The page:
Investigators are studying an emergency locator transmitter,
or ELT, which is positioned in the upper rear part of the new
airliner and sends a signal that leads rescuers to downed
aircraft, said the source, who was not authorized to speak on
Another source identified Ultralife Corp as the
supplier of the battery that powers the Honeywell ELT. Newark,
New York-based Ultralife was not immediately available for
U.S. aviation and safety officials said it was the first
time they could recall such a transmitter being investigated as
the possible cause of an airplane fire.
The emergency transmitter is powered by a non-rechargeable
lithium-manganese battery. The fact that it is not powered by a
lithium-ion battery could allay concerns about a re-occurrence
of problems that caused the earlier grounding.
Lithium-manganese batteries can be found in some flashlights,
digital cameras and military applications.
Honeywell on Monday said its ELTs have been Federal Aviation
Administration certified since 2005, are in use in numerous
types of aircraft and "we've not seen nor experienced a single
reported issue on this product-line".
The company said it is participating in the investigation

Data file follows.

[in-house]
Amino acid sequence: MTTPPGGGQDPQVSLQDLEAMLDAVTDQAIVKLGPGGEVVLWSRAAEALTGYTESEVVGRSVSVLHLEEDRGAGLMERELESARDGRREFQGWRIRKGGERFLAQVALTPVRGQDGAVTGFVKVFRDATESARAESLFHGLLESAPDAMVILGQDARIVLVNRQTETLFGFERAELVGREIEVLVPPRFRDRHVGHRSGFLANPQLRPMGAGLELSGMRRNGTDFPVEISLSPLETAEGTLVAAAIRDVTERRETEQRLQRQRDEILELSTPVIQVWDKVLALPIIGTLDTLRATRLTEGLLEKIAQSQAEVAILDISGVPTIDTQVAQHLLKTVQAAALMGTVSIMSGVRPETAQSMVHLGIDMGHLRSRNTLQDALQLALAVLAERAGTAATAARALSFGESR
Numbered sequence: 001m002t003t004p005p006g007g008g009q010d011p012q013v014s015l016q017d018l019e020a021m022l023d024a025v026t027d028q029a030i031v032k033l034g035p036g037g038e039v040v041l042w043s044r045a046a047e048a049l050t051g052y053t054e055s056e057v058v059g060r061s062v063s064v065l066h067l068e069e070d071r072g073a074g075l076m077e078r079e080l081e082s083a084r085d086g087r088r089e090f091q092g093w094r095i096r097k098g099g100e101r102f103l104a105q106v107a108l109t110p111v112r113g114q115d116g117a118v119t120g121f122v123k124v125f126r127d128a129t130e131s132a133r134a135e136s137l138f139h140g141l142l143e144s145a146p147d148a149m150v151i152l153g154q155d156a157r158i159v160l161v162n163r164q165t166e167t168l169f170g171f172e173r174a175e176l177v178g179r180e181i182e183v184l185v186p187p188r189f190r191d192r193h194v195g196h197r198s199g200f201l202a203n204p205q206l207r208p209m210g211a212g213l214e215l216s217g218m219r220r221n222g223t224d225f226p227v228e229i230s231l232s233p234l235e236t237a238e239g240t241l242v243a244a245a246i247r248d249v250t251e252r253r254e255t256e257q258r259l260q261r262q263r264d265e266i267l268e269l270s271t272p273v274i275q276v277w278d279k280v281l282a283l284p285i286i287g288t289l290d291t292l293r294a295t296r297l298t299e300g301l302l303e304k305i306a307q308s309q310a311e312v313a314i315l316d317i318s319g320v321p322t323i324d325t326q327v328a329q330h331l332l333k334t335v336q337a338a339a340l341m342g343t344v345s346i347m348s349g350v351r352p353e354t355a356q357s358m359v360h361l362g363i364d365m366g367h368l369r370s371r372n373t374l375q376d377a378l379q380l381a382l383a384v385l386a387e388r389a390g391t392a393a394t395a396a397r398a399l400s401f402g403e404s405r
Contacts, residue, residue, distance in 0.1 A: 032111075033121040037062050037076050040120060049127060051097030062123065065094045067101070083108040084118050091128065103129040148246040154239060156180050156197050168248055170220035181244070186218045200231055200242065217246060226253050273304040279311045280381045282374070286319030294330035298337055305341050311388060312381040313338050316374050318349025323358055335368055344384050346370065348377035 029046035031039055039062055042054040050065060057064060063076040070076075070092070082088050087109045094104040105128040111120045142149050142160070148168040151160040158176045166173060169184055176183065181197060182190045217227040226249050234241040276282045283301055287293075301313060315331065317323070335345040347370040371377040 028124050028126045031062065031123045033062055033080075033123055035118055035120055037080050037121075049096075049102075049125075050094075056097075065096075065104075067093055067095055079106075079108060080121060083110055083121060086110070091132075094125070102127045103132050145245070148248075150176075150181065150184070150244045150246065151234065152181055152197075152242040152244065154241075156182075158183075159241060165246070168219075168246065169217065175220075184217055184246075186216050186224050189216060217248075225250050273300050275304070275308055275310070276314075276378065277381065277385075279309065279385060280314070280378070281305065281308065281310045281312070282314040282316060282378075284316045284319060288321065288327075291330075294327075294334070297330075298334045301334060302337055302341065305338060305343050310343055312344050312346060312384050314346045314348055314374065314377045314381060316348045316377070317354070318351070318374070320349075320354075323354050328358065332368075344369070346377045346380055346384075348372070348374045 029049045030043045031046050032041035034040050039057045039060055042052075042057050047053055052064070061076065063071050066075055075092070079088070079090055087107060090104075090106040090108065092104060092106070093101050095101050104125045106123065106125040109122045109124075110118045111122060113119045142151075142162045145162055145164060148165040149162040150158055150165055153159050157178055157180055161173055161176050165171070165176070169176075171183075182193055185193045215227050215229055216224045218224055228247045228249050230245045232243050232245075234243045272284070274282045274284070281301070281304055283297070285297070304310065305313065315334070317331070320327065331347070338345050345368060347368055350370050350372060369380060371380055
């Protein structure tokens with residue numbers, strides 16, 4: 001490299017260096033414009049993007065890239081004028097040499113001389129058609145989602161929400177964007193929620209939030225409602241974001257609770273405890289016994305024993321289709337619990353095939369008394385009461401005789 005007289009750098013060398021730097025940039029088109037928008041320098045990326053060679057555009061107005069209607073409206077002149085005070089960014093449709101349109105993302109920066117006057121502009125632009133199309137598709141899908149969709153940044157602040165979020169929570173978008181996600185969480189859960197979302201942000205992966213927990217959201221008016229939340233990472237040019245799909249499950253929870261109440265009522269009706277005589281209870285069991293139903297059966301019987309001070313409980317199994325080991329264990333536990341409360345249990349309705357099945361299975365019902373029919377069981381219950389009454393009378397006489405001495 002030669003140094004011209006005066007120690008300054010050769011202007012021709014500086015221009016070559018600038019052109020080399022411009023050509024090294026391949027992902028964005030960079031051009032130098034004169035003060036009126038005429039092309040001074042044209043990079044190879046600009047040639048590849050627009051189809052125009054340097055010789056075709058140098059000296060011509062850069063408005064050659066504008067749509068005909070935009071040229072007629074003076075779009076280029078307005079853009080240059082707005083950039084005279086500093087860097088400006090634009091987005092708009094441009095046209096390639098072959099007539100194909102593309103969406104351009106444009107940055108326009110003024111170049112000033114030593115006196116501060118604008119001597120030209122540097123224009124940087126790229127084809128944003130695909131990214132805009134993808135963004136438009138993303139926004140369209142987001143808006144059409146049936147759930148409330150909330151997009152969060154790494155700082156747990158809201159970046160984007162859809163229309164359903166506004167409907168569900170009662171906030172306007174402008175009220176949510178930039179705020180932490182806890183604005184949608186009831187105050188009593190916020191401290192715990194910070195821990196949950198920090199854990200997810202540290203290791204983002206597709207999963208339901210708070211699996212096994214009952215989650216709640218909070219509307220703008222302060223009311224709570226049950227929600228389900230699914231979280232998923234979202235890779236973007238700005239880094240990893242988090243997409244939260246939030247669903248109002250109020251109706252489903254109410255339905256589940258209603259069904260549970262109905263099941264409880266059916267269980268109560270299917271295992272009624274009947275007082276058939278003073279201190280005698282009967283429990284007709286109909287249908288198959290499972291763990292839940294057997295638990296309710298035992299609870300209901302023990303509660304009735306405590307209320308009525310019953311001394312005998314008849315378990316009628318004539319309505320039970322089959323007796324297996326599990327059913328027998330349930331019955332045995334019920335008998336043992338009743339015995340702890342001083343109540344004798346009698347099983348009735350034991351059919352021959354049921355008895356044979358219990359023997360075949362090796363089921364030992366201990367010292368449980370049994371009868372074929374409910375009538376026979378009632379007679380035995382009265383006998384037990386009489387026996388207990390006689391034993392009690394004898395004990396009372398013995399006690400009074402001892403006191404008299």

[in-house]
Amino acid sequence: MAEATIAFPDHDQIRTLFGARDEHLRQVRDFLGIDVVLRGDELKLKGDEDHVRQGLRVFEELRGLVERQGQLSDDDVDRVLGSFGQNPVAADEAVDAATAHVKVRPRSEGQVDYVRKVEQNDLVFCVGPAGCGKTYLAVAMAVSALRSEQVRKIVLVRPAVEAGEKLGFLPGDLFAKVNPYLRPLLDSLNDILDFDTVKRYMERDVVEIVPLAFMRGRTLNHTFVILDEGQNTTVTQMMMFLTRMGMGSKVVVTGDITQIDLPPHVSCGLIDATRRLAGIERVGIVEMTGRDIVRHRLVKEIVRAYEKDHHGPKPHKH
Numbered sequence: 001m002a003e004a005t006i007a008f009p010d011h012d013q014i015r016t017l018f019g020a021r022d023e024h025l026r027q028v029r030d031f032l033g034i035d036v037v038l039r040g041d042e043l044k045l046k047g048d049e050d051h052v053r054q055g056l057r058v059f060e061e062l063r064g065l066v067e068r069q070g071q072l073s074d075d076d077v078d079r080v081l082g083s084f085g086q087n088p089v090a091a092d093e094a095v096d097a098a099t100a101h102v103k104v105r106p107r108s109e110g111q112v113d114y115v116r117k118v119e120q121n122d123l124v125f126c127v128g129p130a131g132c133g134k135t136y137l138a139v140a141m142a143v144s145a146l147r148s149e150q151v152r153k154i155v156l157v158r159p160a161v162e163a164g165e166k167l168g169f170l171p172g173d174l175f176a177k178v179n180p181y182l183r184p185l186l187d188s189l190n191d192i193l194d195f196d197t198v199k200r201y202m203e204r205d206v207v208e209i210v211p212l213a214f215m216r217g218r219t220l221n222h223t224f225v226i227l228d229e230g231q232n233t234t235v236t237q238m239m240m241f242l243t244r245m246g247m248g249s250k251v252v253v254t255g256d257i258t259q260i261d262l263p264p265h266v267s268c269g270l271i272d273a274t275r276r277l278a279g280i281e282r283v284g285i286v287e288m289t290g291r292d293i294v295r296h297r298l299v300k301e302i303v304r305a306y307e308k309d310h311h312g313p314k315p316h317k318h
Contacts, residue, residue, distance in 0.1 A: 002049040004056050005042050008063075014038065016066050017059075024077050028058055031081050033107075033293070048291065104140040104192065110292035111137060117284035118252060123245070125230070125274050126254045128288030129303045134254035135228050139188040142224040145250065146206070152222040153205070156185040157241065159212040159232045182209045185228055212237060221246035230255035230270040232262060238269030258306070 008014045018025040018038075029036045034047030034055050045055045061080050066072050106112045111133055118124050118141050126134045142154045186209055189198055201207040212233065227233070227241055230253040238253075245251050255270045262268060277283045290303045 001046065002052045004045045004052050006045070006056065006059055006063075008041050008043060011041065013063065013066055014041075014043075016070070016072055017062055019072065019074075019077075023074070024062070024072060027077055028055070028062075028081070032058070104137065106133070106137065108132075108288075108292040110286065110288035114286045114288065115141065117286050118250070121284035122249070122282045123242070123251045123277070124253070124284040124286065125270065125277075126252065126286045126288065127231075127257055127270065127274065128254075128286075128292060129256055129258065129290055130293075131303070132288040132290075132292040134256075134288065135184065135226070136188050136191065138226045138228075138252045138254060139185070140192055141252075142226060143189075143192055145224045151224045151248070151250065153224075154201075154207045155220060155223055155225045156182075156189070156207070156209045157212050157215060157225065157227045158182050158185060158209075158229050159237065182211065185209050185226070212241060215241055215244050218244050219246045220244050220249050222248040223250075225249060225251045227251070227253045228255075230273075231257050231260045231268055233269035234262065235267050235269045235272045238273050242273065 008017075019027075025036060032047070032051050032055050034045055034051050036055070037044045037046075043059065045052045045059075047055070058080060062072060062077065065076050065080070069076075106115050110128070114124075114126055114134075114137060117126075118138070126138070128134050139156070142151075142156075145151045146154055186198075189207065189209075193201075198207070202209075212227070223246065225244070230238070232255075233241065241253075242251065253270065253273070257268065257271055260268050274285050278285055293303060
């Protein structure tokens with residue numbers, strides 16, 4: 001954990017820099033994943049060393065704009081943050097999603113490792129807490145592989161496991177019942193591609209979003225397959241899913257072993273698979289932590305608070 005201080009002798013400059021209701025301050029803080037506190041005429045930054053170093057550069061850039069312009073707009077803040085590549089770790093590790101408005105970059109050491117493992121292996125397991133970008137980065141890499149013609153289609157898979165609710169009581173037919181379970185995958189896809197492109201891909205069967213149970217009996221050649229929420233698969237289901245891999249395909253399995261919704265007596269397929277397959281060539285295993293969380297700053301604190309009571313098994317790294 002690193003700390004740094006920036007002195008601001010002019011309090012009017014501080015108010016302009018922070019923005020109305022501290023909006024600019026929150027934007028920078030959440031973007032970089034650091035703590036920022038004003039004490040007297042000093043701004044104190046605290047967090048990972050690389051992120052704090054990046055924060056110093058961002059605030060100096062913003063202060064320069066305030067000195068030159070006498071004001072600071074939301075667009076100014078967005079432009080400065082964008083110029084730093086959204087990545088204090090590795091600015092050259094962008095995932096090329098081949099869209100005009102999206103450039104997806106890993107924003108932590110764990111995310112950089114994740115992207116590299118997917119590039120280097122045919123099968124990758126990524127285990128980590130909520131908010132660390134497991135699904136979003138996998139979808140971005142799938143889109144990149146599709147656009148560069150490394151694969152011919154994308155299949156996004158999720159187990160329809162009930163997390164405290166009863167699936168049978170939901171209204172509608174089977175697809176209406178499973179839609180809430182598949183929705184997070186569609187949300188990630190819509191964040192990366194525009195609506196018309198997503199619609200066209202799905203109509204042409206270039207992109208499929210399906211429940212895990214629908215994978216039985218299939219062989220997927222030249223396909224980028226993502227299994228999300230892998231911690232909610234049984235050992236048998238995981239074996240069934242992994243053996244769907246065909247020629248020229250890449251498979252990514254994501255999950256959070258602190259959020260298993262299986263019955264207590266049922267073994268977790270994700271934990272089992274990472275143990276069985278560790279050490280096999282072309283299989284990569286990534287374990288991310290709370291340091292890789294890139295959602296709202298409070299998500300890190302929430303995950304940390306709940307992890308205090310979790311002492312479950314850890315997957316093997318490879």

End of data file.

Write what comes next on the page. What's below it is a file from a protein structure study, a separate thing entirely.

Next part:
and that it was too early to draw conclusions about the cause of
the fire, which left visible scorch marks on the outer skin of
the plane. The fire occurred in an area where galley equipment
such as water boilers and heaters are also located.
"It's far too premature to speculate on the cause, or draw
conclusions," said Honeywell spokesman Nathan Drevna.
Honeywell said it had sent technical experts to London to
assist with the investigation and would continue to work closely
with Boeing and the U.S. National Transportation Safety Board.
Honeywell shares edged down slightly on Monday, closing off
seven cents at $82.30.
NO IMPACT ON FLIGHTS, ORDERS
Analysts remained cautious.
"Anything that's electronic in nature is more concerning
than ... some kind of human error," said Jason Gursky, an
analyst at Citigroup in San Francisco.
"The most important thing to keep in mind from an impact
perspective is whether this is a systemic issue, or bad
assembly, or a bad part, or somebody left the coffee pot on,"
Britain's AAIB on Saturday said it found no evidence the
fire was caused by the 787s lithium-ion batteries that were
implicated in the grounding earlier this year.
A 25-strong team of experts, including inspectors from the
AAIB and the NTSB are investigating the damaged Dreamliner in a
hangar at Heathrow airport, some 15 miles west of central
London. The FAA and Boeing also are helping in the
Airlines, including Ethiopian Airlines, Britain's Thomson
Airways, U.S. carrier United Continental, and
Poland's LOT, said they would continue to fly their
Dreamliners, while others, such as Virgin Atlantic said
they would stick to their plans to buy the aircraft.
"Personally I'd fly on a Dreamliner tomorrow - I don't think
it's a problem for the whole fleet like the battery issue
clearly was," said Howard Wheeldon, an aerospace analyst at
Wheeldon Strategic Advisory.
"I'd expect the AAIB to know what caused the fire by the end
of this week but the question for Boeing and Ethiopian Airlines
is 'is the plane repairable'?"